Am I Really Goth?

In a discussion group on Facebook their was some debate on “what is Goth”?  Some people applied very tight definitions requiring that one be a fan of “Goth music” (which is fine so far as it goes) but then very narrowly defines the Goth music itself.  Others were more inclusive.

I fall into the latter category.  As far as music goes Goth, Symphonic/Gothic metal, Dark wave, etc.  It’s all good.  I tend to be rather basic in my own adoption of Gothic style (although trying to make Viking Goth a thing) but can appreciate a wide variety of styles that fall within Goth.  Literature, film, art what much the same.  What brings it together is finding beauty in darkness and in its interplay with the light–kind of an emotional chiaroscuro.

So what, then, is Goth.

First, the there’s the basic of what, in general terms, is Goth and where did it come from?

Well, first there’s this video that provides a reasonable overview of the history.

The key things to me that make Goth are the dark themes, usually coupled with moody dissonant music.  I’m not really very good at pinpointing musical “styles”; I just don’t have that discriminating an ear.  You know the old “but I know what I like…” bit.

The thing is, even within the culture there is serious disagreement on what is and is not “Goth”.  On the one hand, I had Souxie Soux and the Banshees recommended to me as a Goth band.  And yet I saw Souxie in an interview swearing up and down that she wasn’t Goth.  The Sisters of  Mercy is another major Goth Rock band and yet I have seen their lead singer, Andrew Eldritch, make the “We’re not Goth” claim.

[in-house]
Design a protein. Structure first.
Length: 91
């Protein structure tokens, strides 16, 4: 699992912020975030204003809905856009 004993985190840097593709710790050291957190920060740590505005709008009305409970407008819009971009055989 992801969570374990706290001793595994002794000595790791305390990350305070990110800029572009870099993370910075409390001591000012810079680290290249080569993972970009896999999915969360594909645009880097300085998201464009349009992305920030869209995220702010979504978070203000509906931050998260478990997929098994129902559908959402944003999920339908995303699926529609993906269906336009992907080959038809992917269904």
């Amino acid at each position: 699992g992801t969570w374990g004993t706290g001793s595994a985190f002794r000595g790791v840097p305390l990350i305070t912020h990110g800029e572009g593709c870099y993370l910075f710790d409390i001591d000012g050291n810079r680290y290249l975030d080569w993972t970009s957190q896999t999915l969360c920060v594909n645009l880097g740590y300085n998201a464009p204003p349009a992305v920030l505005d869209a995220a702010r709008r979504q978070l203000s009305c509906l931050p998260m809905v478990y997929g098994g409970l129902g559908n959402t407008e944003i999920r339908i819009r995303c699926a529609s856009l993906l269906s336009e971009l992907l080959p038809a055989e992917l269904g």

So I’m not too worried on whether some particular individual includes something or someone as “Goth” or not.  I see myself as Goth, or at least around the edges of Goth culture.  And while I don’t particularly care for Bauhaus (they’re okay, but not really more than that for my taste), the band that is generally considered to have “founded” Goth with their debut single “Bela Lugosi’s Dead”, I enjoy other groups like The Sisters of Mercey and The 69 Eyes.  Mostly I follow Gothic Metal:  Within Temptation, Nightwish, Xandria, Evanescence, and others.

Which brings up another issue.  Some people seem to have a problem with any group attaining commercial and mainstream success.  I’ve seen this before in other things that have a cult following.  There is a certain segment that being part of a small, “select” group is as important as the thing itself.  I have seen this with musicians who, after years with a small but loyal following (emphasis on “small”), they produce a “breakout hit.” It’s not particularly different from their previous work but for some reason it strikes a chord and people, lots of people, buy and listen to it.  The old time fans?  Are they happy that what they loved is now appreciated by many more?  Nope.  The new cry is “selling out” and “it’s just pop now.” And they go looking for something else to swoon over.

Dark themes, melodic vocals, and skilled use of dissonance (it must be skilled–used well it adds mood and tension; used poorly it’s just noise), those are what make up what I think of as “Goth” music.  If other people like it, that’s great.  If they don’t?  Well, I like what I like and they are more than welcome to like what they do.

So, here’s some Music to close with

Sisters of Mercy, Marian (fan video it looks like):

And Evanescence, Breath No More (another fan video):

 

 

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